Pet Restrictions in Effect March 15 through Labor Day
Dogs/other pets (except for service animals) are not allowed in the wilderness or on any of Fire Island's federally owned oceanfront beaches from March 15 through Labor Day to help protect threatened and endangered beach-nesting shorebirds. More »
Backcountry Camping Permit and Access Procedures
Reservations for required permits must be obtained through www.recreation.gov. Due to the breach at Old Inlet, access to both east and west wilderness camping zones must now be from Watch Hill or points west, and involve a 1½ to 8 mile hike. More »
Attention Watch Hill Ferry Passengers
Due to channel conditions, delay or cancellation of ferry service between Patchogue and Watch Hill may occur. For updated ferry schedule information, please call 631-475-1665.
Nature & Science
Nationally Significant Natural Resources
The park includes several islands, sand flats, and wetlands landward of the of the barrier island. Approximately 15,000 acres of the seashore are submerged in the Great South Bay or Atlantic Ocean.
A Globally Rare Ecosystem
Unique resources include the Sunken Forest, a federal wilderness area, and eel grass beds. The Sunken Forest on Fire Island is a 16 hectare maritime holly forest occurring behind the secondary dune, one of only a few mature maritime forests in the New York area and the northernmost holly-dominated maritime forest on the Atlantic barrier island chain.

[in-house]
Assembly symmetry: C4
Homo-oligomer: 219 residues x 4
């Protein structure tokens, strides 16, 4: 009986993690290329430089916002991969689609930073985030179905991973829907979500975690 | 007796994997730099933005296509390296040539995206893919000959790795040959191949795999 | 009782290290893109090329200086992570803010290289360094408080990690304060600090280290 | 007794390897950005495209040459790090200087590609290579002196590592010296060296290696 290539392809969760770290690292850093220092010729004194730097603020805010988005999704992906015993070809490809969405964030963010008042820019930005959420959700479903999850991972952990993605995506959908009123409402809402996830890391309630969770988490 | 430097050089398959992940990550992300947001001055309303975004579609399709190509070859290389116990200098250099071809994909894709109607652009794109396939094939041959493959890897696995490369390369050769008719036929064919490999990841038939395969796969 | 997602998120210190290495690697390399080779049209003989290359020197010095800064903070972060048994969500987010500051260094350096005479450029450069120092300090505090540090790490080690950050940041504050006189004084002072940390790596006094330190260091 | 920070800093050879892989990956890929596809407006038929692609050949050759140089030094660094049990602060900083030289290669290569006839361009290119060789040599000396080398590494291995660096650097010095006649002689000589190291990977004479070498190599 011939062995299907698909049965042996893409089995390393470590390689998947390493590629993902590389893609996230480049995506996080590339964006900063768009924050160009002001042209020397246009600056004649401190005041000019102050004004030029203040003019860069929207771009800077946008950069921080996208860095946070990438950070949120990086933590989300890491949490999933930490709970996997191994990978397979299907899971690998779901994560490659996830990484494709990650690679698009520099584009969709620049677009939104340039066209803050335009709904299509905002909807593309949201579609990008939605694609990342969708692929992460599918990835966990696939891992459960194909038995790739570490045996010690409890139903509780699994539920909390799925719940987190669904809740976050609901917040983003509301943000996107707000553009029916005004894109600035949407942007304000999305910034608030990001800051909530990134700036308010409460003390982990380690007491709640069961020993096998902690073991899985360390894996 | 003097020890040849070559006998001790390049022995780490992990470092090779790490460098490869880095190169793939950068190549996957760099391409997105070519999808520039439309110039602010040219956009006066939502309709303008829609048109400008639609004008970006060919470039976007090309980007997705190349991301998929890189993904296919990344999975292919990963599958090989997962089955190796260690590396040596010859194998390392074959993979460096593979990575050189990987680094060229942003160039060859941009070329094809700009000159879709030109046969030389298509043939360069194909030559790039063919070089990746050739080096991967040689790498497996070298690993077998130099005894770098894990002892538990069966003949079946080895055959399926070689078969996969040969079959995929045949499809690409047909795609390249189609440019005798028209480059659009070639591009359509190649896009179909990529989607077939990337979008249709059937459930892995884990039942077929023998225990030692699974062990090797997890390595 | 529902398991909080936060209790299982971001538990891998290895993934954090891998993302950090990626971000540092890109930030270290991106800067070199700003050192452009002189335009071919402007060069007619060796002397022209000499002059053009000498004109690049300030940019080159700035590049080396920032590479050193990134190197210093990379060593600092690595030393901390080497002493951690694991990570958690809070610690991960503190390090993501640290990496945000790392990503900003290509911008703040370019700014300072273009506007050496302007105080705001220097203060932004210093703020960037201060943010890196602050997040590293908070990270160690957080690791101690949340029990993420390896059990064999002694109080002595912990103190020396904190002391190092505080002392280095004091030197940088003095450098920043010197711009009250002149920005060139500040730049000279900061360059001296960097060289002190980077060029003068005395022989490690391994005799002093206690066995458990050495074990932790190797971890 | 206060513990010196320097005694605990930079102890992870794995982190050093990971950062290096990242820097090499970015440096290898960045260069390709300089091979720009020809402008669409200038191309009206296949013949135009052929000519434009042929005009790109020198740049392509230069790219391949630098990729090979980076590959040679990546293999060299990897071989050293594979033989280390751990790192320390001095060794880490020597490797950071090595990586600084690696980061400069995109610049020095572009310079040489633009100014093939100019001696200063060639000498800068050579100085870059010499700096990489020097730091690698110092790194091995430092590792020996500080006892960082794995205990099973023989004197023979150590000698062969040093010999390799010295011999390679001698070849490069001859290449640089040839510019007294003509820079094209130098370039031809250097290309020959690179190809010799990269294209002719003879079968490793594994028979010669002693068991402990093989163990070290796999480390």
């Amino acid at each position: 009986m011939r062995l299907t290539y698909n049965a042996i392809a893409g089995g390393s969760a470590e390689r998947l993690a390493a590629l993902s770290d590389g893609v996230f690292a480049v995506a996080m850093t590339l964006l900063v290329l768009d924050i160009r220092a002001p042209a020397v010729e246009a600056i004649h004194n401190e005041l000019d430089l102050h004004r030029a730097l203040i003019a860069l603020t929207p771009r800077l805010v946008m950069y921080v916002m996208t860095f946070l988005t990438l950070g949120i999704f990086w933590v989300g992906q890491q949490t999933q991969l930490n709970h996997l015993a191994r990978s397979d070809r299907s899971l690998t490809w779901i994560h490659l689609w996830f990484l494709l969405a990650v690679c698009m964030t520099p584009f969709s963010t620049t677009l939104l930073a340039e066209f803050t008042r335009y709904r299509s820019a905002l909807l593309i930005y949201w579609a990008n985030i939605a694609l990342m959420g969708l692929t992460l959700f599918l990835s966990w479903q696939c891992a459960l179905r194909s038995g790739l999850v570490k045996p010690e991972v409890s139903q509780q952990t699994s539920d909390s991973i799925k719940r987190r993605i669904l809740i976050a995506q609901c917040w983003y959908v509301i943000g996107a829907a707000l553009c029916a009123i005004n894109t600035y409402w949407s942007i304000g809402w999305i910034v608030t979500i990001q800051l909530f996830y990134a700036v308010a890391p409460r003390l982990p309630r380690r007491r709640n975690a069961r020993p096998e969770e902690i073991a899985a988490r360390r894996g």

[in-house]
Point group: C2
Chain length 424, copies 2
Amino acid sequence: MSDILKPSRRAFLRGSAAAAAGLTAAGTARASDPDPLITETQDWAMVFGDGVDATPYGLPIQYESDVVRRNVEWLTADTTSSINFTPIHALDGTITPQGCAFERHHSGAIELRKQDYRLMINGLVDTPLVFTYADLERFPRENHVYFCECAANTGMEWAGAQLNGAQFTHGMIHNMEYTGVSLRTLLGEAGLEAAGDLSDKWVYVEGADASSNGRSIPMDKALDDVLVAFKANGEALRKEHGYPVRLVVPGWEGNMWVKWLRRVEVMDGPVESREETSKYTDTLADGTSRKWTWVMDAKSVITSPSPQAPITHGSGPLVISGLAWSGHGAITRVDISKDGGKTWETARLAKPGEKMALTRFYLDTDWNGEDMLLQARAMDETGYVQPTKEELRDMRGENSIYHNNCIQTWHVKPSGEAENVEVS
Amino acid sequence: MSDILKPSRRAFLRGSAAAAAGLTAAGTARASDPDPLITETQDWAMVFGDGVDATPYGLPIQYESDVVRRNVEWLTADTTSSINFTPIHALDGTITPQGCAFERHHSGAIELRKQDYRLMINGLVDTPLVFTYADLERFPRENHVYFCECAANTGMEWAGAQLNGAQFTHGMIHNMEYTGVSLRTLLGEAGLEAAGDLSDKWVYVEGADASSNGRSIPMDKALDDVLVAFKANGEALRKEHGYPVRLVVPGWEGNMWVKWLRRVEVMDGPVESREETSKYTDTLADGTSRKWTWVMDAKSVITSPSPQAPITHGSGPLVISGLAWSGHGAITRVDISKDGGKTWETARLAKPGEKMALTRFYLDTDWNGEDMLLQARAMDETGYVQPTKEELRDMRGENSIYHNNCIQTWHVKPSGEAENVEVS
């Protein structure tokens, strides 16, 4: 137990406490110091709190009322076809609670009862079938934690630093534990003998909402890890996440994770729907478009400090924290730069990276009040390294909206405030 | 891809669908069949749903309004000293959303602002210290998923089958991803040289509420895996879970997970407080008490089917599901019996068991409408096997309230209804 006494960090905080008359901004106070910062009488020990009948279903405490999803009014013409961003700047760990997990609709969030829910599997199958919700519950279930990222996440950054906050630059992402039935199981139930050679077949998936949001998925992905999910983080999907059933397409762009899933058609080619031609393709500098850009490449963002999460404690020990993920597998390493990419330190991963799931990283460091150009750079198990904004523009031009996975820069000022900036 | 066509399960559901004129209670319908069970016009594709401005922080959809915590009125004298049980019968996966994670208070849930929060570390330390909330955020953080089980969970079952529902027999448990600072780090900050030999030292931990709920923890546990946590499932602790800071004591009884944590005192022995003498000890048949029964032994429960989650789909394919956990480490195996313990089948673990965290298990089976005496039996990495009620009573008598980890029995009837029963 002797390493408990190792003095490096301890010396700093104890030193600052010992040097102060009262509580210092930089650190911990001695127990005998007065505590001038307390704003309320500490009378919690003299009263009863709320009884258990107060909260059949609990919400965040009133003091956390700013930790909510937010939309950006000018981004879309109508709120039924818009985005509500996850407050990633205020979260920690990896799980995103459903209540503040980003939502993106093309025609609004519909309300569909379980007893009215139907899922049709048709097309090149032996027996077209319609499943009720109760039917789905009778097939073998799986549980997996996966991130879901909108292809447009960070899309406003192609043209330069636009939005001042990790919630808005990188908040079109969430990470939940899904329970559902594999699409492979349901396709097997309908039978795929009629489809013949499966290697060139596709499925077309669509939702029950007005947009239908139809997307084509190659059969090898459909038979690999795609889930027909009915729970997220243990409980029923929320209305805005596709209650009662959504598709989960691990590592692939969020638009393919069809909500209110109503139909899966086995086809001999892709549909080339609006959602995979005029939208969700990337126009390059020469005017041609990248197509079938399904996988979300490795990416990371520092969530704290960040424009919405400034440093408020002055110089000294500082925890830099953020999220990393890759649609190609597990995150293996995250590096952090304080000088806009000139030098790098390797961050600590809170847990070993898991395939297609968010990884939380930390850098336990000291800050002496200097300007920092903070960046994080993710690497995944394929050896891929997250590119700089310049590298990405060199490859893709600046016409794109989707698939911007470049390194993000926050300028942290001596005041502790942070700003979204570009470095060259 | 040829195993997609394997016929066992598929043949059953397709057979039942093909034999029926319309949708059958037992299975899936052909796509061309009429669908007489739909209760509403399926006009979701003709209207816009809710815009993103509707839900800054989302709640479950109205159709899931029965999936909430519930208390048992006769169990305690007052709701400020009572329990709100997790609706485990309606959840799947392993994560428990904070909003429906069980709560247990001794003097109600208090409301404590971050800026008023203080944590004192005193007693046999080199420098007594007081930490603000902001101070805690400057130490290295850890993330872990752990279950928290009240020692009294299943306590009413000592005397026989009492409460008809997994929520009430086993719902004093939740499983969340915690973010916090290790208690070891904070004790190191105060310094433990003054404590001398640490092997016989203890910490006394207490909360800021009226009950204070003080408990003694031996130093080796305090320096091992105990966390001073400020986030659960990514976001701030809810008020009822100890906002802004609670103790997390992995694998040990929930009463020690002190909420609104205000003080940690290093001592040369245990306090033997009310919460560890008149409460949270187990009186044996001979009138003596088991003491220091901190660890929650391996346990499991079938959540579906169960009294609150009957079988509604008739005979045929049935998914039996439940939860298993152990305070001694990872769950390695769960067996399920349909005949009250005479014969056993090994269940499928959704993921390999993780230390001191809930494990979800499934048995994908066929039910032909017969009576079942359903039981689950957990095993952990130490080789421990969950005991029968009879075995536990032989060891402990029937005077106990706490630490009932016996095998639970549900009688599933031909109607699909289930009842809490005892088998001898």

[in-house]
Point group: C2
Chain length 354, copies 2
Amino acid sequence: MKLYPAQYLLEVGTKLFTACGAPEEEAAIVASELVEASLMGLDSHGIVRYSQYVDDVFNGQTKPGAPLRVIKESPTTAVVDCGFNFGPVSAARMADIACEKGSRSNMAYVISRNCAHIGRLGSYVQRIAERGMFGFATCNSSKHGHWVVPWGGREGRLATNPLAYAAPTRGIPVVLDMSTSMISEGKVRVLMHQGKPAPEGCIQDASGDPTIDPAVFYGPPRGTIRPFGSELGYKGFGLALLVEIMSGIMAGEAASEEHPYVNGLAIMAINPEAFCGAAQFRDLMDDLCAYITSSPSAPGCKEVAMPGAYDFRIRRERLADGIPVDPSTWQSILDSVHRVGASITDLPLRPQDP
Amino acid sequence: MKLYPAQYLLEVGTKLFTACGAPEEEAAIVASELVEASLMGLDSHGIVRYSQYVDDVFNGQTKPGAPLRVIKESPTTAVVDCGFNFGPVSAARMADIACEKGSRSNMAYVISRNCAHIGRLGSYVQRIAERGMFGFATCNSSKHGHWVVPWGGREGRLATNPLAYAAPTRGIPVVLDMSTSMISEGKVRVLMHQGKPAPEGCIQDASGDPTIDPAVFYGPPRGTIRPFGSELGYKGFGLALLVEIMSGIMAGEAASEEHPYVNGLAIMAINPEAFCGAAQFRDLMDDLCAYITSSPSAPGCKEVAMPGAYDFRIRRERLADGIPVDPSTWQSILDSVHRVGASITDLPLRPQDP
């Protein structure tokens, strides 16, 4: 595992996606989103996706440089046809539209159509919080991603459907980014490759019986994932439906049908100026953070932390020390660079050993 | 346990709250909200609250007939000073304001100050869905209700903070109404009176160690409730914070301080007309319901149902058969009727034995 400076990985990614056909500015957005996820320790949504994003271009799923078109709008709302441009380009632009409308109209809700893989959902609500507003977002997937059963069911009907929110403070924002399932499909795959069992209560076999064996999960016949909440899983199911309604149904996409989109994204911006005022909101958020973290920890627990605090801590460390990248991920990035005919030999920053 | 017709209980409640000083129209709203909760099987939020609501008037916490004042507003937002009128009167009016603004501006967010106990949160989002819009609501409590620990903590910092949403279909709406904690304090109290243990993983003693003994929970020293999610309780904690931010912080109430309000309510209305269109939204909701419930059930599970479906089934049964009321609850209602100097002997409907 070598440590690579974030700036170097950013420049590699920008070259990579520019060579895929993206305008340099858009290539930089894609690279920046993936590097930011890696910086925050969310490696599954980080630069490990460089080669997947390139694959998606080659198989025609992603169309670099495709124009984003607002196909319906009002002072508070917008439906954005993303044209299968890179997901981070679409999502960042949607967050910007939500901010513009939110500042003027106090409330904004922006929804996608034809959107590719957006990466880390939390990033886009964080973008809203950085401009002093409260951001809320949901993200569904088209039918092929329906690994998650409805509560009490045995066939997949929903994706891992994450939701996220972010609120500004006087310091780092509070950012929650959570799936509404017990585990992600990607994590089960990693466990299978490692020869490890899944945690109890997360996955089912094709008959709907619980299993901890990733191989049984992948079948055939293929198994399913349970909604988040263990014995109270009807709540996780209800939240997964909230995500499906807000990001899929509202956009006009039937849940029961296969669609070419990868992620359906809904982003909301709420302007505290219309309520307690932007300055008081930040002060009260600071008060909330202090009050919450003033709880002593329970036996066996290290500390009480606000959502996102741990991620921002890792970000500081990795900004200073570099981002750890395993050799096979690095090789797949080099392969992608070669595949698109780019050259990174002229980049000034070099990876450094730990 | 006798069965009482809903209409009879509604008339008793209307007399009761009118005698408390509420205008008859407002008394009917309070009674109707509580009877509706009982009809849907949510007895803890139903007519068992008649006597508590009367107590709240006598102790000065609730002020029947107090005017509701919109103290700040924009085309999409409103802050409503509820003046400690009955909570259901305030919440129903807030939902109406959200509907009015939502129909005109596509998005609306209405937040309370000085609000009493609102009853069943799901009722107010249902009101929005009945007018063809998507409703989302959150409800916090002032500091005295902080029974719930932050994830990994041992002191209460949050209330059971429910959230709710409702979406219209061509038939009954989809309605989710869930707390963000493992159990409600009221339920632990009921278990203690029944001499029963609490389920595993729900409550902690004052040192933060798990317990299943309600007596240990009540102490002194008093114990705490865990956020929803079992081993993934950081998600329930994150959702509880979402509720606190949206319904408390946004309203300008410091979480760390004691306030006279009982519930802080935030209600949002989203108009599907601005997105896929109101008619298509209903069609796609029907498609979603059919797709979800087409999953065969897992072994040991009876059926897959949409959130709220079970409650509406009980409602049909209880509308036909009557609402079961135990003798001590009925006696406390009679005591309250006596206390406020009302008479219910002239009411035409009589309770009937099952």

Both federal and New York State endangered species either breed or germinate in the park, along with eleven other species of concern.
The William Floyd Estate
The William Floyd Estate, a unit of Fire Island National Seashore located across Great South Bay on the Long Island mainland, is quite different from the Seashore's barrier island habitat. The William Floyd Estate is 65% forested, 25% wetlands including salt marsh, 5% open space and 5% developed around the estate house area. Wildlife found here include the eastern box turtle, spring peeper tree frog, white-tailed deer, great horned owl, and a variety of water birds and songbirds.
Researchers and resource specialists study Fire Island natural systems from the long-term change in shoreline position to the population dynamics of Eastern box turtles at the William Floyd Estate and more. Learn more about conducting research at Fire Island National Seashore.
Protecting Fire Island's Natural Resources
Did You Know?
The Piping Plover is one of Fire Island National Seashore's threatened and endangered species. It makes its nest above the high tide line on clean, undeveloped beaches in the early spring. Chicks are fledged by late summer. More...